Everything You Always Wanted To Know About Spider-Man But Were Afraid To Ask - FOOM #3

Just to confuse things further, Joe Simon, Kirby’s former partner, says that he had suggested the name Spider-Man to Kirby.

In one sense, this doesn’t matter very much. The Kirby and Simon proto-spider-man characters didn’t have anything very much in common with the character that Ditko and Lee thrashed out over the first two or three issues of Amazing Spider-Man. But it matters in terms of Lee’s myth-making. He thinks that the person who dreams up the idea creates the character; and according to the more plausible B version, that "dreaming up" didn't amount to much more than spotting that Spider-Man would be a way cool name for a superhero. If you were Joe Simon, and you distinctly remember handing Kirby a sketch and a logo for a character called Spider-Man, and if Kirby had passed that sketch on to Lee years later, and Lee had used the name for a hugely popular character, and if you had to listen for decades afterwards to Stan Lee explaining how he dreamed up Spider-Man in a flash of fly-fueled inspiration.... Well, you can see how that might rankle.

But in the end, it’s a theological question. Even if Stan’s story about the fly on the wall is the literal truth, it's not what most people would understand “creating a character” to mean.

In 1999, Stan Lee wrote an actually pretty generous letter to Steve Ditko, acknowledging that Ditko’s input into Spider-Man amounted to co-creation, but insisting that the name and original idea was his own. He couldn’t have been expected to go any further.

“When I first told Steve my idea for a shy, teenaged high-school science student who’d be bitten by a radioactive spider...”


In neither Version A or Version B does Stan Lee claim that “bitten by a radio-active spider” was part of his original light-bulb moment. In fact, it couldn’t have been, because by all accounts Kirby’s rejected version was about a teen-aged boy who turned himself into Spider-Man by means of a magic ring. Lee is back projecting again. The final version of Spider-Man was about who boy who'd been bitten by a spider, so obviously, this was his original idea.

And what’s this:

“...thus gaining the ability to stick to walls and shoot webs, Steve took to it like a duck to water….”

But...but...but...Spider-Man doesn’t have the ability to shoot webs. He certainly didn’t gain that ability from the spider-bite. Ditko has him invent wrist-mounted web-shooters in his bedroom. Kirby would have given him a web gun. The web-shooters are one of the things Ditko is quite sure he thought up.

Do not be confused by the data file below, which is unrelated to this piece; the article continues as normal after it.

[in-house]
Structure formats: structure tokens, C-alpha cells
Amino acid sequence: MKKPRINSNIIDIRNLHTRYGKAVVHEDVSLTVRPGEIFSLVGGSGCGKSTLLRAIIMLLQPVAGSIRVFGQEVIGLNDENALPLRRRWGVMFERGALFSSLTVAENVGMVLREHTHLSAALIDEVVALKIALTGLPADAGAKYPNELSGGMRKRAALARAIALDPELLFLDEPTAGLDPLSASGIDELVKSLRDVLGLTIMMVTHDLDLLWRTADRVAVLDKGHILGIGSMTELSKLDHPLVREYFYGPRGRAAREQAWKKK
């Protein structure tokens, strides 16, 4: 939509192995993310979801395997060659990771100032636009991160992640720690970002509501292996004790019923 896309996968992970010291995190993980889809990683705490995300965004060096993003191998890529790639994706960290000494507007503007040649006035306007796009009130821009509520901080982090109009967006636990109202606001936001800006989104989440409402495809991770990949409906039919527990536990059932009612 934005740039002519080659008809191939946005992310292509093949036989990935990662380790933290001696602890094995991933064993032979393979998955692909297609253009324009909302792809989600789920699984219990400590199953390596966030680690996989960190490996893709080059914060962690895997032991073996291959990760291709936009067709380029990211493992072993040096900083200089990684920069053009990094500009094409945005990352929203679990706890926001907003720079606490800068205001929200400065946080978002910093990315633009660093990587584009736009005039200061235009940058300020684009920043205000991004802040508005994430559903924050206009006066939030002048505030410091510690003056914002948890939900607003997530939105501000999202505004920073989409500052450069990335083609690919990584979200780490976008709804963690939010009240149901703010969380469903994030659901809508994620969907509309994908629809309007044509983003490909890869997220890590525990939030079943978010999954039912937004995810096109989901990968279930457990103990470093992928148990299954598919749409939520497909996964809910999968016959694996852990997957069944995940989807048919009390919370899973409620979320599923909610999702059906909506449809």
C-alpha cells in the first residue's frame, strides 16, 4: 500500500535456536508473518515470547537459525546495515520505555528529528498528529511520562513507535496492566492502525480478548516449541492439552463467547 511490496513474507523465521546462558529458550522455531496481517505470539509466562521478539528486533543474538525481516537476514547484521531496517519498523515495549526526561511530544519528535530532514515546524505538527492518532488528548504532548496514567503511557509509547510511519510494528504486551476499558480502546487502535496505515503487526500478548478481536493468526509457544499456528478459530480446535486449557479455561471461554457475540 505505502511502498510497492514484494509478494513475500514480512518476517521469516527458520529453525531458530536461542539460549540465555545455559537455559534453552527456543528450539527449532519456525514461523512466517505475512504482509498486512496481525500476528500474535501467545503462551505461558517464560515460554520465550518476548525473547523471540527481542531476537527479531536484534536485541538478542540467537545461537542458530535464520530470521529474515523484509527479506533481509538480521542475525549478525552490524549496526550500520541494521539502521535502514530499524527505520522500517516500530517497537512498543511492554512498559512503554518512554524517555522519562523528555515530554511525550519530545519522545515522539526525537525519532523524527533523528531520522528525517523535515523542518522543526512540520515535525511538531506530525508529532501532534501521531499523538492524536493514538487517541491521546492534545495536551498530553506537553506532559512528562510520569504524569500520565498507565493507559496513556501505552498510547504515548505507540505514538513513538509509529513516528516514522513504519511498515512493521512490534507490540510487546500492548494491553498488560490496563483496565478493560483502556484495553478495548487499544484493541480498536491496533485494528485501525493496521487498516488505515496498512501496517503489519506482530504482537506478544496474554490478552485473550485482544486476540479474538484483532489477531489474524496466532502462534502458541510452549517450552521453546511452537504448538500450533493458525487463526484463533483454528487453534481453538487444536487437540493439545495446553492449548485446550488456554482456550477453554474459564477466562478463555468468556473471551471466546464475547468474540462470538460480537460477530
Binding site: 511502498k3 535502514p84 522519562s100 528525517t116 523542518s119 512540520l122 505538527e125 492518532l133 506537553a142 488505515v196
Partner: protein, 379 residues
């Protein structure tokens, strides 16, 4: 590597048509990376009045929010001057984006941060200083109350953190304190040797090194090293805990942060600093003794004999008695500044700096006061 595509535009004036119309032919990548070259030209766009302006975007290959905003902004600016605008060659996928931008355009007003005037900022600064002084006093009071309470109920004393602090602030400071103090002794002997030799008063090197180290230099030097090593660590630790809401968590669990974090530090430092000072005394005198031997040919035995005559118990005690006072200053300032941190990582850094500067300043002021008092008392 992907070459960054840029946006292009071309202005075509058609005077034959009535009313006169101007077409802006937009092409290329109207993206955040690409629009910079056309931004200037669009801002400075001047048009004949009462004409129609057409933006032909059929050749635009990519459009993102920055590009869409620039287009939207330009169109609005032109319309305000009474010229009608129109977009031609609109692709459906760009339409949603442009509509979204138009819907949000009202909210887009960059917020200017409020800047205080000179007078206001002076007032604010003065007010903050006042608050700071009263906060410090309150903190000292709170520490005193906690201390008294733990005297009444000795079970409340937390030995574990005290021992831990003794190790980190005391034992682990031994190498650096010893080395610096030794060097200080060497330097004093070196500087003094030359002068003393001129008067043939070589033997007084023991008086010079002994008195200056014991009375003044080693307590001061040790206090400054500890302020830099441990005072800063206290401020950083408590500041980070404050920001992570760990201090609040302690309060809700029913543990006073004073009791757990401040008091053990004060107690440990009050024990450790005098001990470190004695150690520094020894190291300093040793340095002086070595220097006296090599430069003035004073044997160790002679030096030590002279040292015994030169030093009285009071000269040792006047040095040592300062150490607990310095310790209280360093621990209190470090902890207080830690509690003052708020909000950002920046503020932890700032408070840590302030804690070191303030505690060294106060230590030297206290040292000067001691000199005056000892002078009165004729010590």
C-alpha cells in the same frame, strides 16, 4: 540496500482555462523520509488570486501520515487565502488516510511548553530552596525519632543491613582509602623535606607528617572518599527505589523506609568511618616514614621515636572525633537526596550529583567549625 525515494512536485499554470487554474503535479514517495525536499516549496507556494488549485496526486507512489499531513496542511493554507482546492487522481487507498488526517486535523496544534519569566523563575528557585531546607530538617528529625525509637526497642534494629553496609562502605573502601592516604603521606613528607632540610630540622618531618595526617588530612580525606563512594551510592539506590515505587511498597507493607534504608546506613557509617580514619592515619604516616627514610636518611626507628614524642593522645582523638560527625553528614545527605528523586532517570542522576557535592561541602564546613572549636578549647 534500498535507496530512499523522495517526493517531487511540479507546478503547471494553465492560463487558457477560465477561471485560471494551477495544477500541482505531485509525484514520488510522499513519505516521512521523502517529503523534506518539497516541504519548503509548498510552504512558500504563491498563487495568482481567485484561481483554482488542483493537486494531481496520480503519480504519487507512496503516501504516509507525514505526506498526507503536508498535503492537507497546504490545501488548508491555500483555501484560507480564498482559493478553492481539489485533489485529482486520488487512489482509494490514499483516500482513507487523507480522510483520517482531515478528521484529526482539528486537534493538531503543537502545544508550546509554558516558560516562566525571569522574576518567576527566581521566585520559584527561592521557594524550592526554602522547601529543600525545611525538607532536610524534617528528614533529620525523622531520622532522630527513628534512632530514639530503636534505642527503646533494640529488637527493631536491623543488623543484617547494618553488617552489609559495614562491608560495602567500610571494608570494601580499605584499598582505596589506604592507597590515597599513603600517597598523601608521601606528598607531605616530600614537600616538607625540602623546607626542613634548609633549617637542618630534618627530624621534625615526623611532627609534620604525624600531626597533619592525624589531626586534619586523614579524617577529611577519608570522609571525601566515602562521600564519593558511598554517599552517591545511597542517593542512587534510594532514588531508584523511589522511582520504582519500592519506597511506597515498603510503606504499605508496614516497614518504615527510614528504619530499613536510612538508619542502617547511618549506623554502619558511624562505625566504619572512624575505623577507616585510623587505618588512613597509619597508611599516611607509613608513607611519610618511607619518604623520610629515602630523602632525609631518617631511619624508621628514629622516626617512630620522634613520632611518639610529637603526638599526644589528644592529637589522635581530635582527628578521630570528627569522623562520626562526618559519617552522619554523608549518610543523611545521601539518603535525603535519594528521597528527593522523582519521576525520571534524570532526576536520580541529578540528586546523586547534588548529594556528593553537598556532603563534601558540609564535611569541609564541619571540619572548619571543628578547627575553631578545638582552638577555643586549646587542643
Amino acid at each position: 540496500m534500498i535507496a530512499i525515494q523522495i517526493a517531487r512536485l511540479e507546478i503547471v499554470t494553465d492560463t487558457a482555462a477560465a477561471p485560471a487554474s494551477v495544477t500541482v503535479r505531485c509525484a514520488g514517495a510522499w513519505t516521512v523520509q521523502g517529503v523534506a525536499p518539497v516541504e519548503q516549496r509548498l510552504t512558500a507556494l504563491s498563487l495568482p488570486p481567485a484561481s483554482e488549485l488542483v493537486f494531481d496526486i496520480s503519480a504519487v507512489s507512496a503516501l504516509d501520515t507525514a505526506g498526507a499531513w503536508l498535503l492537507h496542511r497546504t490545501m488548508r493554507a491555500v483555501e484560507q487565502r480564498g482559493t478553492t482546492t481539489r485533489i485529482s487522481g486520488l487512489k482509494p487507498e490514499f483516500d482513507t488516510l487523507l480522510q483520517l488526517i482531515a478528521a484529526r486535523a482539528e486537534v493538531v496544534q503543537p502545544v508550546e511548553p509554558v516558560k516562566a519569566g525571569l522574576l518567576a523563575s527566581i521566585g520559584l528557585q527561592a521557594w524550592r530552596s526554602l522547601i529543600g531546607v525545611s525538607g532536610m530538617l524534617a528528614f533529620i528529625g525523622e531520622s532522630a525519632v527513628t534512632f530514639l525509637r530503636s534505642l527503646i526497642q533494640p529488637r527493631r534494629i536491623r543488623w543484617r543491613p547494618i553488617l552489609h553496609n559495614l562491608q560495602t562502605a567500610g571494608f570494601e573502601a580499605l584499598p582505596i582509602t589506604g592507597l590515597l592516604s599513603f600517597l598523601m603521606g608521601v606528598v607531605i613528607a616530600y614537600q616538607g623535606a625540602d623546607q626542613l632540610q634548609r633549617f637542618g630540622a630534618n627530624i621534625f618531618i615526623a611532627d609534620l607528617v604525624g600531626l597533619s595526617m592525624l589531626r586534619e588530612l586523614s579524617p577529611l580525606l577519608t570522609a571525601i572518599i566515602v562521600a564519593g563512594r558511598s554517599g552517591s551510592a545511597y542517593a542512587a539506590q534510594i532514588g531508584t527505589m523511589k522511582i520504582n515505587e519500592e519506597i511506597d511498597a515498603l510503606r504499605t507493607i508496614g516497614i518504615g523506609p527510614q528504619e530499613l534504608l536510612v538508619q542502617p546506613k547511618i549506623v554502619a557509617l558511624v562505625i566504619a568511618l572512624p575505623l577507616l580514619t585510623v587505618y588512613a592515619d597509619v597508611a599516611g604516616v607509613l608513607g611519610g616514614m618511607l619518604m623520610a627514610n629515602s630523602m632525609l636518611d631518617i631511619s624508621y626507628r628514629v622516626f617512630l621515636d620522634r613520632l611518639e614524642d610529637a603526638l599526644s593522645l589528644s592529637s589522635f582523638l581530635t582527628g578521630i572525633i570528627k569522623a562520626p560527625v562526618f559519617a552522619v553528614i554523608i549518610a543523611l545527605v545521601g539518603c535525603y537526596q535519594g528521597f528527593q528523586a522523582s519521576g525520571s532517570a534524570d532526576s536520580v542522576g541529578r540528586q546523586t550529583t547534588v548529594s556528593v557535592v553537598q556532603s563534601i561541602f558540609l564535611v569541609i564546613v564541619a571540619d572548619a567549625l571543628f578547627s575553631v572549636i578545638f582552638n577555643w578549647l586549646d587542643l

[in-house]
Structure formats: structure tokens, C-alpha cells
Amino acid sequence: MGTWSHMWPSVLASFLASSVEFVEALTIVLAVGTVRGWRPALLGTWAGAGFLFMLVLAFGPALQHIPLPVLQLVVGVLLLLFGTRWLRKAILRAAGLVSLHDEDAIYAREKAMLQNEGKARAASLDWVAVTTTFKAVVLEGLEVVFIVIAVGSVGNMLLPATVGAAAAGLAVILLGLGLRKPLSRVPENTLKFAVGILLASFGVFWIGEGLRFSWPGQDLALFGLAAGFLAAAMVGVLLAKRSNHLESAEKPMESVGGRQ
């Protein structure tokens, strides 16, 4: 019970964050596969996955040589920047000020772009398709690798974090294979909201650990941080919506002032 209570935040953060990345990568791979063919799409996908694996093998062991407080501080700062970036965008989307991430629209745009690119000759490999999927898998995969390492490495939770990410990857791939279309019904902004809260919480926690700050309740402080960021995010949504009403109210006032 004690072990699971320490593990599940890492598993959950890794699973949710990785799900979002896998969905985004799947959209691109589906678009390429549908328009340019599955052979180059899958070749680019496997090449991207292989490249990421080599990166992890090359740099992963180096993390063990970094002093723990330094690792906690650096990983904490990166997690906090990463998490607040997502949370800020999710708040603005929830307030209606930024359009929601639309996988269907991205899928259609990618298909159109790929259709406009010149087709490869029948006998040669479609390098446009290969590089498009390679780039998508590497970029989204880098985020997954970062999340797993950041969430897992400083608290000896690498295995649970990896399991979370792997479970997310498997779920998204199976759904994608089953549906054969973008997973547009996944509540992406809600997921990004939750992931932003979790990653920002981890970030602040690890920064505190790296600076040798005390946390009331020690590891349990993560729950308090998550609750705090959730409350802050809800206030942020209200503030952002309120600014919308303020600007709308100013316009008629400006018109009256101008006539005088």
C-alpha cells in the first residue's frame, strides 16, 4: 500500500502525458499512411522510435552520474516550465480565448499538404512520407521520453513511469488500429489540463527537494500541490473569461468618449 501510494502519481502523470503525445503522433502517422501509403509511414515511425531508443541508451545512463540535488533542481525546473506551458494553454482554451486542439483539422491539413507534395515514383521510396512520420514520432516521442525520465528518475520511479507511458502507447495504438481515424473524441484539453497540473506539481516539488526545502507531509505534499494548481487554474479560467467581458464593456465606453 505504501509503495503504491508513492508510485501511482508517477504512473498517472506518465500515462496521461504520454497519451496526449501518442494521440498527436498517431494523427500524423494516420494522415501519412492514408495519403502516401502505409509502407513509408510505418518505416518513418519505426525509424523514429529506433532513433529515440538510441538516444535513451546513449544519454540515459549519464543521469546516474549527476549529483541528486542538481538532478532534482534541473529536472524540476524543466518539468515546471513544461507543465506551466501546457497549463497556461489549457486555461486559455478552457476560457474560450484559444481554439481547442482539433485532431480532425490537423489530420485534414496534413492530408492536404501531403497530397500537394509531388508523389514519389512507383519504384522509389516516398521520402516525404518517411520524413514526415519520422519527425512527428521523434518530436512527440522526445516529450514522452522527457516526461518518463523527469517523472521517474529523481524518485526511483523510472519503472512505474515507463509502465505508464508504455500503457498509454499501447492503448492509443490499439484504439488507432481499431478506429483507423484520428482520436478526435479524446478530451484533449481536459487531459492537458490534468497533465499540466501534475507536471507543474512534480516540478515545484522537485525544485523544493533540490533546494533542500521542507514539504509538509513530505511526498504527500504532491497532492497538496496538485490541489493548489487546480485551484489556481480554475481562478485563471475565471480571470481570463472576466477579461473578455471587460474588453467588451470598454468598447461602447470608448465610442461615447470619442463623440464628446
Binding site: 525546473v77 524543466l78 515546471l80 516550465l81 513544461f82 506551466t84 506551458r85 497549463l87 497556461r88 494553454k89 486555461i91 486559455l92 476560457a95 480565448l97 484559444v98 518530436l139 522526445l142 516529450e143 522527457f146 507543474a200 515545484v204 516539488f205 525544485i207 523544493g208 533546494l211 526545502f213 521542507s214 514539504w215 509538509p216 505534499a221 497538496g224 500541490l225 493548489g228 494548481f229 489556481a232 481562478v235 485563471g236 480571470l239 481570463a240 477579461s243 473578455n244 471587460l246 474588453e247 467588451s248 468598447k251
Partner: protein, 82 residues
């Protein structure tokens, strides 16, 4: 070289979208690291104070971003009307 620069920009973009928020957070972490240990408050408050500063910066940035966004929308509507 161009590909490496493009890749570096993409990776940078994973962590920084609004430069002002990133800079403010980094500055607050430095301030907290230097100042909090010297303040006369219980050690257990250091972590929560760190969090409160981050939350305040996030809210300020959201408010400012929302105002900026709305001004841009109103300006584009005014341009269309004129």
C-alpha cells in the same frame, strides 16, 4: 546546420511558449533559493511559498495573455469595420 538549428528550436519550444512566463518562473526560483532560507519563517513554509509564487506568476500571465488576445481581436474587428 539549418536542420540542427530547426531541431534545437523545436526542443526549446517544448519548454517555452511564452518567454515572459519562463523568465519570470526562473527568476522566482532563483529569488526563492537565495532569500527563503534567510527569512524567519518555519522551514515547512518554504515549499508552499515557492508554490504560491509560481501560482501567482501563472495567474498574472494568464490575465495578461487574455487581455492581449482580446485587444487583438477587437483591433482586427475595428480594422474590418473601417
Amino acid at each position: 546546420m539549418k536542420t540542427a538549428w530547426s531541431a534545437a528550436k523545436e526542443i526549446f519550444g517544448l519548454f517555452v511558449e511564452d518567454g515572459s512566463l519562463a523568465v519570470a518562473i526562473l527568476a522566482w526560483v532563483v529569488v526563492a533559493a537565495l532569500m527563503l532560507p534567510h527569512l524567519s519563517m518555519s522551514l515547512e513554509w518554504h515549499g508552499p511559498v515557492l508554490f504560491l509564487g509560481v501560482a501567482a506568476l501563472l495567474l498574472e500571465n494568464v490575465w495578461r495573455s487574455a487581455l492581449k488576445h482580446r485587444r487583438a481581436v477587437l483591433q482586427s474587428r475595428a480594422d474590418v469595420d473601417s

In his most recent public pronouncement on Spider-Man, Stan Lee said

“With Spider-Man I just wanted a character that could crawl up walls. We thought about Fly-Man, Insect-Man, Spider-Man just sounded the best.”

And isn’t that most likely to be the boring truth?

There was no eureka moment. Stan Lee’s big idea was a character called Spider-Man who could crawl up walls. That was the one line pitch he gave to Steve Ditko, which Steve Ditko turned into a work of art, better than Lee had any right to expect. Lee very likely got the idea from Jack Kirby, who very likely got it from Joe Simon.

It doesn't matter. Nothing in that rather boring idea gave the slightest hint as to what Spider-Man would become.

that concludes the introduction to my cosmic collection of esoteric essays about the worlds best loved wall-crawling super-character. Next week, we'll be effervescently embarking on a deservedly detailed issue by issue analysis of the yodel-filled year 1963. I have about 12,000 wunderkind words lined up (taking us as far as issue 4) but obviously there's a lot of woebegone work and radical research to go if I'm going to finish my caustic commentary on the devastating Ditko years, to say nothing of the rest of the swinging 1960s. so please go over to my proudly pontifical Patreon page and see how you can propel me into from being a humbly heroic hobbyiest to a sturdily sucesful semi-professional.

A Close Reading of the First Great Graphic Novel in American Literature
Andrew Rilstone

Andrew Rilstone is a writer and critic from Bristol, England. This essay forms part of his critical study of Stan Lee and Steve Ditko's original Spider-Man comic book. 

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Amazing Spider-Man was written and drawn by Stan Lee and Steve Ditko and is copyright Marvel Comics. All quotes and illustrations are use for the purpose of criticism under the principle of fair dealing and fair use, and remain the property of the copywriter holder.

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Leon said...

There was a Comics Journal interview where Kirby claimed to have created Spider-Man, which is archived on their website.

It's a long one, so here's the relevant bit from page 6:

GROTH: Can I ask what your involvement in Spider-Man was?
KIRBY: I created Spider-Man. We decided to give it to Steve Ditko. I drew the first Spider-Man cover. I created the character. I created the costume. I created all those books, but I couldn’t do them all. We decided to give the book to Steve Ditko who was the right man for the job. He did a wonderful job on that.

Lots of discussion in the comments about the veracity of Kirby's claim.

JAn said...

I'm a comics fan, but not a huge fan of old comics--though acknowledge the history and lineage and so enjoy essays like this one. One of the things I don't enjoy is the art which looks, well, old. I say this with the full knowledge that the late 80s and early 90s art with which I grew up looks nothing now like it used to--all those gritted teeth.

That's a preamble to saying that the cover to Amazing Fantasy #15 IS Spider-Man. A strange pose (he's not flying), buildings at an odd angle, a terrified criminal under one arm (he fights crime and he's strong). It doesn't say anything about Peter Parker, which is admittedly the other half of the magic, but it says everything about Spider-Man.